Consumer confidence seen to be improving
Pessimism in consumer sentiment has been alleviated according to a survey by a pro-Beijing party.
The score in consumer confidence improved from 61.8 to 82.8 in six months thanks to the consumption vouchers and the stable local pandemic situation, according to legislator Holden Chow Ho-ding of the Democratic Alliance for the Betterment and Progress of Hong Kong.
The survey was conducted between June 17 and June 30.
The party interviewed 1,158 people on Hong Kong's economic outlook.
The results shows that scores for three indexes that measure consumers' confidence in Hong Kong's past, present and future have all risen.
The current condition index that covers confidence in the previous year and the present showed the smallest increase, from 62.5 to 66.
The consumer prediction index that measures confidence for the future showed the biggest increase from 61.3 to 93. That was the highest rating since 2007.
The consumer confidence index that measures past, present and future confidence together was at 82.8. It has been more than three years since it topped 80.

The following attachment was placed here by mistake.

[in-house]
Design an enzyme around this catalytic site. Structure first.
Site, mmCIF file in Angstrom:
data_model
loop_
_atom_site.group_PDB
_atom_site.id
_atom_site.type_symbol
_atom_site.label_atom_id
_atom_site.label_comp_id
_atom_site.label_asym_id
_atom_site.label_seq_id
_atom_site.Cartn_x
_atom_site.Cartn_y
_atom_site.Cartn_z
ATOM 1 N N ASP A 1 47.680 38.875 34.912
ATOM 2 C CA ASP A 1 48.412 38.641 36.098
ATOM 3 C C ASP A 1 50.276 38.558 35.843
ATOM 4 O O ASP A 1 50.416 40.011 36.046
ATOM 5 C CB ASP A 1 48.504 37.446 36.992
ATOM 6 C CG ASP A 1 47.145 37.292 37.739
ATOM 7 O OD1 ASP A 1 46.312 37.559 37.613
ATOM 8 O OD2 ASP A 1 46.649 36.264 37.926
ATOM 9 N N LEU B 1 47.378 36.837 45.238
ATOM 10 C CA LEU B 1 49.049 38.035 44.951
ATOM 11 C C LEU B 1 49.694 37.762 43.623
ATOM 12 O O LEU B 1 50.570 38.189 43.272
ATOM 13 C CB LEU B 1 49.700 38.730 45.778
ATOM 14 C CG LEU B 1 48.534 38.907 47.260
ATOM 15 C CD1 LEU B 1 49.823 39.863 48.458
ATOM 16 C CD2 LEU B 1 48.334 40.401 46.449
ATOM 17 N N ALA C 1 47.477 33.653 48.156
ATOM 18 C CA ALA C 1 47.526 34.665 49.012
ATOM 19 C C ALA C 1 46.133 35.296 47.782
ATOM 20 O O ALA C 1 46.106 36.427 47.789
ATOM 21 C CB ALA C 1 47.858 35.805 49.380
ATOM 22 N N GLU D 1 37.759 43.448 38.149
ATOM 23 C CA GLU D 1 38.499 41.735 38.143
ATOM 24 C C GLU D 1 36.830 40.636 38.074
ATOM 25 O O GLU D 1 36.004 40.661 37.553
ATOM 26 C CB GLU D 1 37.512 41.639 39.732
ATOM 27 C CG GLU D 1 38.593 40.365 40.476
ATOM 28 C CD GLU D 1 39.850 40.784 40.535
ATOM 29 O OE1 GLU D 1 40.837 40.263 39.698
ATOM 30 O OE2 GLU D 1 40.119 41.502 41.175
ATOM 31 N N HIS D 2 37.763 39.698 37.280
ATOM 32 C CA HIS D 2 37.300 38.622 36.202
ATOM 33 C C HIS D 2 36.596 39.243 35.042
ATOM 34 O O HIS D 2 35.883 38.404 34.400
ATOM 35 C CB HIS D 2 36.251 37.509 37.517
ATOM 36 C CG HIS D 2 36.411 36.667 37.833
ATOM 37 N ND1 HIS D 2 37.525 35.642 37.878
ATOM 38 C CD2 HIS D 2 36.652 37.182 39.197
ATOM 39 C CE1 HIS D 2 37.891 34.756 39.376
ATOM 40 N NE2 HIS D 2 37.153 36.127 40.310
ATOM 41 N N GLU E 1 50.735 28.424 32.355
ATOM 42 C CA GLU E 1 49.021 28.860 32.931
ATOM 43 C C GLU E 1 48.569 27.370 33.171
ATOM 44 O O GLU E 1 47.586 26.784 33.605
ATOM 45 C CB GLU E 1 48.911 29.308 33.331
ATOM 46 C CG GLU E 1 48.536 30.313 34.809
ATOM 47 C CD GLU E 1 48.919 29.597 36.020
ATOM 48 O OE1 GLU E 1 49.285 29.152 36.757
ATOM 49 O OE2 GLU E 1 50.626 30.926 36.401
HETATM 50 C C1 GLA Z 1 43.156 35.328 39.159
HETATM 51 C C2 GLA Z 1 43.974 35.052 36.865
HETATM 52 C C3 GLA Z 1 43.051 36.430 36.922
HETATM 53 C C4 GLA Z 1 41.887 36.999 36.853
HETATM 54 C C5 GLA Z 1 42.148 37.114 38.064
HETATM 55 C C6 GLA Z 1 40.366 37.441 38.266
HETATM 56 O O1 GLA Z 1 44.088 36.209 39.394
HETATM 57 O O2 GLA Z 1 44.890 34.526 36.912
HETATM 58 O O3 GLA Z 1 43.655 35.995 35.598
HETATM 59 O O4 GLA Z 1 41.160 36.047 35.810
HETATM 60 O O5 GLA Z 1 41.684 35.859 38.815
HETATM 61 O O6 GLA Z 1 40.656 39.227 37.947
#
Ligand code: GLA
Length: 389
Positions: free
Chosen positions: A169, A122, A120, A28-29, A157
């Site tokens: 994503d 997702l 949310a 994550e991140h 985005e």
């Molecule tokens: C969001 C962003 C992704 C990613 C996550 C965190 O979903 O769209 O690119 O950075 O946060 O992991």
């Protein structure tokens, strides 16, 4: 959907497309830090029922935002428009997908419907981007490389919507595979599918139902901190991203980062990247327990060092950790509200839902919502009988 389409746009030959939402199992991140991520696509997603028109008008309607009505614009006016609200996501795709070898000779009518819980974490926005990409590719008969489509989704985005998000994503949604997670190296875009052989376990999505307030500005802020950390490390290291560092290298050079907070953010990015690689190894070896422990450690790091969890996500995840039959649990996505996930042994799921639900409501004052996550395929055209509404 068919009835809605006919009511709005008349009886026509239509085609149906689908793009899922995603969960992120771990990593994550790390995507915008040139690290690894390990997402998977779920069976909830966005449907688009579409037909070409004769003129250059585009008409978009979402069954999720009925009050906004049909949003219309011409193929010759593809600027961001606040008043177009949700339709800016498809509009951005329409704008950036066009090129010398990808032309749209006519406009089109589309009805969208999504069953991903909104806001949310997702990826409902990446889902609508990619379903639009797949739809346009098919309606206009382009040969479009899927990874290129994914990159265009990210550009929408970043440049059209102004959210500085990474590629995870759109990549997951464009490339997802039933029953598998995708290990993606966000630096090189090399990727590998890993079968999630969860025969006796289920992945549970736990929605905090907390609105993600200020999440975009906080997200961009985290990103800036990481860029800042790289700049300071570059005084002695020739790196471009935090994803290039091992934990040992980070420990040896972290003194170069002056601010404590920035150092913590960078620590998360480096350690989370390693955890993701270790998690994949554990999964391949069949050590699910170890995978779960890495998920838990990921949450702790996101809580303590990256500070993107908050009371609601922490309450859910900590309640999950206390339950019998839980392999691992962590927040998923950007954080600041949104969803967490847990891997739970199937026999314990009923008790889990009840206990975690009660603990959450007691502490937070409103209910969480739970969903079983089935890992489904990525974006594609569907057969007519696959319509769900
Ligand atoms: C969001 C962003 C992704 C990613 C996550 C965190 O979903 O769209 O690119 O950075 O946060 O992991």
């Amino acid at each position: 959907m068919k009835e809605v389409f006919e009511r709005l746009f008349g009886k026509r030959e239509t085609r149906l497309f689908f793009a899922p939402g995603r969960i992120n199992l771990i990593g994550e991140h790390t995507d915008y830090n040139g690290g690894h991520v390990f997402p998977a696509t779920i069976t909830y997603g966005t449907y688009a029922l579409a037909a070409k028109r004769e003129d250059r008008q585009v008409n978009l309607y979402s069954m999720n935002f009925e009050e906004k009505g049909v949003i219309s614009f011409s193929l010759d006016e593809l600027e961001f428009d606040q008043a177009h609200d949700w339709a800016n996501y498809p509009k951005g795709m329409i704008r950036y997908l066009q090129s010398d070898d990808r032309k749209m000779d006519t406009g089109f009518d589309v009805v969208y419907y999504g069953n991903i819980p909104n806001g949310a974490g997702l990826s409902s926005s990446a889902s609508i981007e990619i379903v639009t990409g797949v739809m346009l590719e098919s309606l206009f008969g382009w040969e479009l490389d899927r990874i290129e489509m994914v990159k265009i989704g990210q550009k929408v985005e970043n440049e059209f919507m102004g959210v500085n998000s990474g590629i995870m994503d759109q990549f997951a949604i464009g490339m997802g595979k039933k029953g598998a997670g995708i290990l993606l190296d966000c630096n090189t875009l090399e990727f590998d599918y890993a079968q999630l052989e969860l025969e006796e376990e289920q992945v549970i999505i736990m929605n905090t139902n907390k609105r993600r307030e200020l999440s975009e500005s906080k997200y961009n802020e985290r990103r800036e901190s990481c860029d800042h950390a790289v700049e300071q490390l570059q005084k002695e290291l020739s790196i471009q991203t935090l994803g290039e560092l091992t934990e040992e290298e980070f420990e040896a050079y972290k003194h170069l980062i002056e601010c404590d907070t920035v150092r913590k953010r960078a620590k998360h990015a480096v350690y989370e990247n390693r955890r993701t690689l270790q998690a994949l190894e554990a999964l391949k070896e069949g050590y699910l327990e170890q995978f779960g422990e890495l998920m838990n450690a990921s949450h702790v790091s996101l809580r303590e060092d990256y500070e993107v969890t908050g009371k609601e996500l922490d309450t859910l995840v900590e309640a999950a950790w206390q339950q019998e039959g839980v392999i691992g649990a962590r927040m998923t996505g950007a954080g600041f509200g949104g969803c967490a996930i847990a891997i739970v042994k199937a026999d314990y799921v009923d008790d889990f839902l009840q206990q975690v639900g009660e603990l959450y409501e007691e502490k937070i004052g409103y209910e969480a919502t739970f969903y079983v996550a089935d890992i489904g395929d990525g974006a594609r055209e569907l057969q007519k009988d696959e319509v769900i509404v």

Despite the rising scores compared to December, all three indexes remain at a "pessimistic" level as only scores above 100 are "optimistic."
Chow said 37 percent of respondents thought the economic situation five years on will be about the same as the present.
Alliance legislator Leung Che-cheung said the administration should now step up and help staff in the tourism and cross-border passenger service sectors.
And party legislator Gary Chan Hak-kan said that spending in restaurants, retail outlets and supermarkets had improved recently after people had earlier been discouraged from going out during the third and fourth waves of the pandemic.